Not by Bread Alone

By Pastor David M. Choi

When Jesus was being tempted by Satan in the wilderness, the Devil said, “If you are the Son of God, command these stones to become loaves of bread.” To which Jesus answered, “It is written, ‘Man shall not live by bread alone, but by every word that comes from the mouth of God.’” Remember, by this point, Jesus had not eaten anything for forty days and forty nights. And so, knowing that Jesus was suffering from excruciating hunger, Satan availed himself of the opportunity to trick Jesus into conceding that His greatest need was bread and bread alone.

If we had not already rehearsed the ‘Christian’ answer beforehand, we’d probably agree with Satan. After all, if someone is starving, then what other remedy is there but to eat? If someone is thirsty, surely, what is there to do but drink? If someone is tired, the proper solution is a no-brainer. It’s to sleep! Therefore, Jesus’ answer doesn’t make any sense, because He says the way He will satisfy His physical hunger is by first turning to the word of God.

Up to this point, you have experienced enough (pandemic, etc.) disruption in your life that you feel like chaos reigns. Though it seems like things have slowly been returning back to normal, on the one hand, you’ve been feeling the ongoing residual effects of your life being disrupted (e.g. from Zoom fatigue and social distancing) while on the other hand you’ve been encountering new disruptions. And it’s frustrating, because while you’ve been trying to mend the broken pieces of your life it’s like someone (perhaps the Devil) keeps coming in with a hammer only to break them up into a thousand more pieces. We just wish things could truly go back to normal… Life before all this happened. 

No doubt, there is a need we have for comfort and familiarity, or you could say normalcy. We have a need for familiar faces and relational connections; familiar routines in church, school, and workplaces; familiar activities of play and leisure. This desire is not sentimental per se. Just like bread, drink, or sleep, these things are also real needs.

The American psychologist, Abraham Maslow, was famous for discovering what he called “The Hierarchy of Needs.” The belief was that when life gets disrupted people must meet needs of lower life functions before they can move onto needs of higher life functions. So, when the pandemic broke out, we immediately tended to the lower needs of bodily health and safety. We were not interested in the need for aesthetics, by trying to figure out ways to go to the movies or art galleries. When people lost their jobs, they focused on their need for income, not the need to travel and see their families in China. You get the point. Basic needs, according to Maslow, deserve attention first.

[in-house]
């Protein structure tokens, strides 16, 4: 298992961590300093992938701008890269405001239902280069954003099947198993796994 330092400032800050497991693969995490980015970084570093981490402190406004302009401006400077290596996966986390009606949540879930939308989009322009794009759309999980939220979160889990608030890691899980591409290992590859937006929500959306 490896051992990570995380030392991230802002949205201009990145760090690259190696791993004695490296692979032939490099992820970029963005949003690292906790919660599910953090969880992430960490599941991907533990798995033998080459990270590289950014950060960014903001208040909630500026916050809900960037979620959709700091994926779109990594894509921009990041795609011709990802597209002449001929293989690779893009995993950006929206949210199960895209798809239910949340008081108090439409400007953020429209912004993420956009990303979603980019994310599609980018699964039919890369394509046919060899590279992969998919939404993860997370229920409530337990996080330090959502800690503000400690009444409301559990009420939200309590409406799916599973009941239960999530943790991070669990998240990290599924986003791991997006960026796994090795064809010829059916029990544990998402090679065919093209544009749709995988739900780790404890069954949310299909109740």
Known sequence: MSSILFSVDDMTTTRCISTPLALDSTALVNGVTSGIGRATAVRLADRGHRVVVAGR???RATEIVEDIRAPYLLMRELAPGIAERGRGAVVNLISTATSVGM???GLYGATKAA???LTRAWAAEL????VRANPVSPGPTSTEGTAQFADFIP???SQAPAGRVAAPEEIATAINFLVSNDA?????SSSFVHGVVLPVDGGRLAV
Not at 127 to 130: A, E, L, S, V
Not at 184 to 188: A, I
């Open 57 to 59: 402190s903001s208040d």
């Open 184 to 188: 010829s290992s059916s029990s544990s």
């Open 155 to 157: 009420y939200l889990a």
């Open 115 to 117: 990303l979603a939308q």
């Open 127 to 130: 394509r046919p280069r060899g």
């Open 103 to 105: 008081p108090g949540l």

Though we may have doubted it before, we’ve quickly come to discover that familiarity and (at least some semblance of) normalcy rank among those basic needs for human life. The problem is that like movie-going or travel we’ve come to see our need for God and our relationship with Christ as a ‘higher’ need. School and friends first, and then God later. That is, in tandem with the Devil, we say bread first, God second.

If Jesus Himself says the word of God is His greatest need, then this should tell us something about what our own greatest need is. Notice, Jesus doesn’t dismiss our need for bread. Instead, He says that human beings should not live by bread alone. So, too, He doesn’t dismiss your need for some kind of normalcy, but Christ says that normalcy in and of itself is not sufficient for you, and it never will be. As much as you long for pre-pandemic life right now, you remember well that even that life was insufficient. Even when you had normalcy, it wasn’t enough.

And now, what we couldn’t see before, God has shown us through our sufferings that truly our greatest need is Christ and every word that comes from Him. In His response to the Devil, Jesus shows us that God is a need more basic than our basic needs. But anyone who truly knows God knows that God is not a basic need in the sense that food and water are. You see, God is not someone who just gives us the bare minimum for survival. But rather, Jesus says, “I have come that they may have life,” and what’s more, “and have it abundantly” (John 10:10). It is good that our deepest need is God, because Jesus Christ is a God of abundance. This is why even when we have nothing, in Him, we still have everything; and why even when normalcy remains in fragments we still have the constancy of an ever-faithful Friend, Lord, and King.

Reflection + Prayer Journaling:

What would you say you’ve been in need of lately? How has that need (or needs) displaced the greatest need you have for Christ? Why do you think it’s been so difficult for you to acknowledge what Jesus had acknowledged in the wilderness, that more than ‘bread’ you really need Him?

Talk to Christ and ask Him to help you see what’s going on in your heart. Ask Christ to help you to truly feel your need for Him as you meditate on Psalm 42:1: 

As the deer pants for streams of water, so my soul pants for you, my God.

Author: cyg-pd

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